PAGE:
The mutable nature of war.
In facing any crisis, our leaders should take as their entering premise the goal of attaining the political objective: a better state of peace (obviously, not my original thought). Trying to get there on the cheap will always cost more over the long haul. Therefore, our leaders must soberly estimate (and frequently update) the value of the political objective in light of the probable cost in lives and treasure to the very citizens they purport to serve. In doing so, they will achieve--over the course of numerous battles and campaigns--what the author advocates: "limit[ing] the exposure of American forces to danger."
Col David Gurney, USMC, Retired
It strikes me that Colonel Meilinger and many of the people he quotes are confusing method and nature. War and violence are inseparable. More precisely, war is inseparable from the willingness to employ--and, when necessary, absorb--violence, both organized and applied to achieve some end. The fact that some operations do not involve physical combat or that technological advances make it possible to inflict more damage and casualties on an adversary than we absorb is neither new nor changes the nature of war. Colonel Meilinger's own examples highlight this fact.
Blockades and sanctions may not involve sustained combat, but their effectiveness often involves willingness to employ violence to enforce or breach them. Much naval history has been made by clashes between blockade runners and blockading warships--participants would disagree that those actions were not violent and bloody on their own scale. The Berlin airlift--arguably one of history's more effective air campaigns--succeeded because the Allies were willing to risk combat to breach the blockade, whereas the Soviet Union was not willing to do the same to enforce it. The US blockade of Cuba in 1962 succeeded on the same principle. That neither actually came to violence does not change the fact that willingness to employ it--"to put our own skin on the line," in Gen James Mattis's words--was immutably part of both.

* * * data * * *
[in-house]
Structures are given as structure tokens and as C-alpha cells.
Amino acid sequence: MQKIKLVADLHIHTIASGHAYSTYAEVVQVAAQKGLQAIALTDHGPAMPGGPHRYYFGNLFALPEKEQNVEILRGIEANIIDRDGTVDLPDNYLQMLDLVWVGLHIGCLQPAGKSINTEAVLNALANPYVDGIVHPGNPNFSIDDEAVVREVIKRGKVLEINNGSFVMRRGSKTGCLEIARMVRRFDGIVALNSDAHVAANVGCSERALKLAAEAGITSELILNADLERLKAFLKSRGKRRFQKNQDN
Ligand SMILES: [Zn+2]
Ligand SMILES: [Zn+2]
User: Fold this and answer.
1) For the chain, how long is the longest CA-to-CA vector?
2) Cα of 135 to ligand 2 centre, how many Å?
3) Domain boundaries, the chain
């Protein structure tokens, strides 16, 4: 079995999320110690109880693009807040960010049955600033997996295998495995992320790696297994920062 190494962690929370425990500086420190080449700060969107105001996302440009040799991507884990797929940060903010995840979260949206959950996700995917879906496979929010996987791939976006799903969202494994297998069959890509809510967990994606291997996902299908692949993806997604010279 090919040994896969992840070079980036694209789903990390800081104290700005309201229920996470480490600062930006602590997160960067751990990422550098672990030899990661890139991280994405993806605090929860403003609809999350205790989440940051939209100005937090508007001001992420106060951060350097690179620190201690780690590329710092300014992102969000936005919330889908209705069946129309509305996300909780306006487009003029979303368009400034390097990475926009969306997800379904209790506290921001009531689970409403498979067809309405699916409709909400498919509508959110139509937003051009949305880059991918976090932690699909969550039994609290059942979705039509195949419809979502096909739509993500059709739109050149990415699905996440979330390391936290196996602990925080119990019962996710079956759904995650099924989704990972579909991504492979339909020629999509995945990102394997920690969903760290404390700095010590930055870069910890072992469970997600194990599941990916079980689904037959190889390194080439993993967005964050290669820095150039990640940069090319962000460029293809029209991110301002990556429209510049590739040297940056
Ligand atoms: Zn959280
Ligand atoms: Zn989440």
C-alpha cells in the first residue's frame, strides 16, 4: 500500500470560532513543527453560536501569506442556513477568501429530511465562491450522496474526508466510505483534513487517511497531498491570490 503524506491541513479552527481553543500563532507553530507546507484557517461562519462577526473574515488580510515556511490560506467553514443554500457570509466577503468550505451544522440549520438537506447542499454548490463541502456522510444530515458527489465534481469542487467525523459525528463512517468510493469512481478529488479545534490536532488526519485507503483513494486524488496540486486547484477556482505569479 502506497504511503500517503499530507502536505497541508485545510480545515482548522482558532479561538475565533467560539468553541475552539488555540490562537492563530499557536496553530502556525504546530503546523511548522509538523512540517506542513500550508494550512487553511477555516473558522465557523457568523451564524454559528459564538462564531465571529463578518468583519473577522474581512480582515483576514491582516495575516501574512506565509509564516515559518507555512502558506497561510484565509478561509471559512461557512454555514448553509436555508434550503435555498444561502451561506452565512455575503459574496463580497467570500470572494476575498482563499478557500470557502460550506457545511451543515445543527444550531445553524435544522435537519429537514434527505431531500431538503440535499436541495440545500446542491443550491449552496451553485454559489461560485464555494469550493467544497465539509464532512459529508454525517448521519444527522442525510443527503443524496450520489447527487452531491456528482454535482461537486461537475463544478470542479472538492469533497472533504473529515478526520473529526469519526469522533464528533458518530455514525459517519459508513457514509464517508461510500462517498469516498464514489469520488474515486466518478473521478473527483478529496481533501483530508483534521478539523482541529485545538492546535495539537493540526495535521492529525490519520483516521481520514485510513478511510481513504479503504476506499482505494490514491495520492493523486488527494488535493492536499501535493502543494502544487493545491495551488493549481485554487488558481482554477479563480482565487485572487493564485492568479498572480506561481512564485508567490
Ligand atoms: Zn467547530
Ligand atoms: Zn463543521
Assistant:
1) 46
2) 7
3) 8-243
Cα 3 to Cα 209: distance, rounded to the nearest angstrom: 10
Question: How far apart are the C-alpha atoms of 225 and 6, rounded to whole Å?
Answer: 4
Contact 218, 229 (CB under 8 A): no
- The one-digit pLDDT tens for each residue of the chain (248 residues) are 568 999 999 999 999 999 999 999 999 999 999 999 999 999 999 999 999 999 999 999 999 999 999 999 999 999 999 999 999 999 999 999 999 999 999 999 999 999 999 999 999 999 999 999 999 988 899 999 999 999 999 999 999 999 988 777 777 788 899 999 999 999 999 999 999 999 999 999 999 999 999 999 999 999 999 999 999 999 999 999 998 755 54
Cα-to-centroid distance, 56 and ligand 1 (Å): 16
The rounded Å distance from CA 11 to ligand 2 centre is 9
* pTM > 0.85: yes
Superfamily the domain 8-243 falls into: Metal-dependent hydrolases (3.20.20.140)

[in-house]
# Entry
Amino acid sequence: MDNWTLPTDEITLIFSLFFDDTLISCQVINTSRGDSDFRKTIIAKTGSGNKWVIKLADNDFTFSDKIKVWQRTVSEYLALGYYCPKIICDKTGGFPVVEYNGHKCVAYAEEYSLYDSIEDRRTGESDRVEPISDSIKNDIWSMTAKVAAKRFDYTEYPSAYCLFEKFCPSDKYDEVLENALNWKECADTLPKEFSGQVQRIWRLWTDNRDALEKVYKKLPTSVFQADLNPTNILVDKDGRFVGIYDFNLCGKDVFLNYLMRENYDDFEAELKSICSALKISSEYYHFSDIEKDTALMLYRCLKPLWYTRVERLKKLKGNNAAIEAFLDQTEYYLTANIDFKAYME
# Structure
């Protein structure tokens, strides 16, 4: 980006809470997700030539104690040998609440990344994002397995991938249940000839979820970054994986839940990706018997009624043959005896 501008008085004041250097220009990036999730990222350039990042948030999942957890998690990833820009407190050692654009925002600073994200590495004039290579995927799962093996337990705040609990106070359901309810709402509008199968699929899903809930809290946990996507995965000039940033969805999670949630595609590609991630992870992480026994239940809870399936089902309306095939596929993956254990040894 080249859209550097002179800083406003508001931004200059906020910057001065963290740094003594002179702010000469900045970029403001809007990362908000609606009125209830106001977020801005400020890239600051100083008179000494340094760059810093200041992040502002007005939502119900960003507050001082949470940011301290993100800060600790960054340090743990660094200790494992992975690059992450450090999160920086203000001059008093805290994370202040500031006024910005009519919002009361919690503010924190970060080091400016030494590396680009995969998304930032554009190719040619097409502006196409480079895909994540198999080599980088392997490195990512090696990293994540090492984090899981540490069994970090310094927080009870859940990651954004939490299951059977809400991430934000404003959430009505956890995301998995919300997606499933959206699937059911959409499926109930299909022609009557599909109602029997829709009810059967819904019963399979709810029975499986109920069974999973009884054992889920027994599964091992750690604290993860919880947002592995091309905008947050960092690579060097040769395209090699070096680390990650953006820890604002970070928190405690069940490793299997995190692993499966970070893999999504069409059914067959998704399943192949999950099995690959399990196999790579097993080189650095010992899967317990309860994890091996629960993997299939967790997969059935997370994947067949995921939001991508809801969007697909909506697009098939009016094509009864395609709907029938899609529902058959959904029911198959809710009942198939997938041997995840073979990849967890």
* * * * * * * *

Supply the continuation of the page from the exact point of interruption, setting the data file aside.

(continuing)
Cyberwar--or, more appropriately, cyber-combat--also doesn't negate the violent nature of war. Although hacking into computer infrastructure can certainly cause short-term havoc with communications, transportation, power, and economic information, similar disruption due to natural disaster, accident, and criminal activity indicates that such action is unlikely, by itself, to bend a country to another's will. Just as electronic warfare evolved during the latter part of the twentieth century to negate or enhance combat operations, so were the Russians' network attacks on Georgian information systems designed for the same purpose--to render their opponent more vulnerable to combat action. Chinese writings on the subject follow the same theme.
Last, equating our ability to employ violence without absorbing an equal amount as a change in the nature of war is a bit startling. Minimizing unnecessary casualties or damage is not a new principle in war. Certainly the image of Predator crews launching air strikes from half a world away is less gritty than that of an infantry platoon in a firefight. Physical stress and suffering are often less a factor for an aircrew member than an infantryman, but that does not negate the fact that both are involved in applying--and, at times, receiving--violence. The same dichotomy has applied since the sling allowed one man to kill another at greater than arm's reach. War is the application of, or willingness to apply, organized violence to achieve a specific end. Good leadership in war involves controlling the level and application of violence while minimizing exposure to the same. Both principles have survived the test of time.
Col Jamie Sculerati, USAF
MacDill AFB, Florida